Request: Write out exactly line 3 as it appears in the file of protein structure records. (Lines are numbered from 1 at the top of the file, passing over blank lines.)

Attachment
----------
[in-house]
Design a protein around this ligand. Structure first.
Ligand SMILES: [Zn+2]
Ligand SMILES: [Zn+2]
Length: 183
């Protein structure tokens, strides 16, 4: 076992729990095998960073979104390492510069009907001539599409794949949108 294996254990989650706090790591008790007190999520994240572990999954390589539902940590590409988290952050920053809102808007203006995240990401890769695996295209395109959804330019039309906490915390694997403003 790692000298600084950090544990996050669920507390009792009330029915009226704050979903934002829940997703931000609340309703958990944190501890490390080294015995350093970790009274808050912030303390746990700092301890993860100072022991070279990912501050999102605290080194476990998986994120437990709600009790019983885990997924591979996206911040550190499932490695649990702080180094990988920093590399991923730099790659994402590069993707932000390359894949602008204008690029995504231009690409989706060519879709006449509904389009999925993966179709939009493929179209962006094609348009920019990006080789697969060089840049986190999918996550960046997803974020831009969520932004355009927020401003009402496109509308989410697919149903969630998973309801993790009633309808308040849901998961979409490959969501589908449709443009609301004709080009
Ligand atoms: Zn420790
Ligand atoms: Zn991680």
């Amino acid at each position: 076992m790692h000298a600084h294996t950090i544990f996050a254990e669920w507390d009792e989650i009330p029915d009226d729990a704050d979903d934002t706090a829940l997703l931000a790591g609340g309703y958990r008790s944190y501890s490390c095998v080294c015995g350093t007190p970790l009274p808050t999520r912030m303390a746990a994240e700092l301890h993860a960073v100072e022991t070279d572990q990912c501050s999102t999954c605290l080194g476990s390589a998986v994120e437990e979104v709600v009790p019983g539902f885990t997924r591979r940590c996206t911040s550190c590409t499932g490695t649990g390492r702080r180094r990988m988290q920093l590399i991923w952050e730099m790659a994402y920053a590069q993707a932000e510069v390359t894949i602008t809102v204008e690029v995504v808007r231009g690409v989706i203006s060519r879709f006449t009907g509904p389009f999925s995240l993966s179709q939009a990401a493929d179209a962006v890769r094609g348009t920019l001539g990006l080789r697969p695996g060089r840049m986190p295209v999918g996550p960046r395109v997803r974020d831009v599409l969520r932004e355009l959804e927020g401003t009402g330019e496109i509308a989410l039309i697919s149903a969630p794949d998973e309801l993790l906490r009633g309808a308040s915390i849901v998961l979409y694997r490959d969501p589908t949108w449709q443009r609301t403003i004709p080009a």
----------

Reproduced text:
Ligand SMILES: [Zn+2]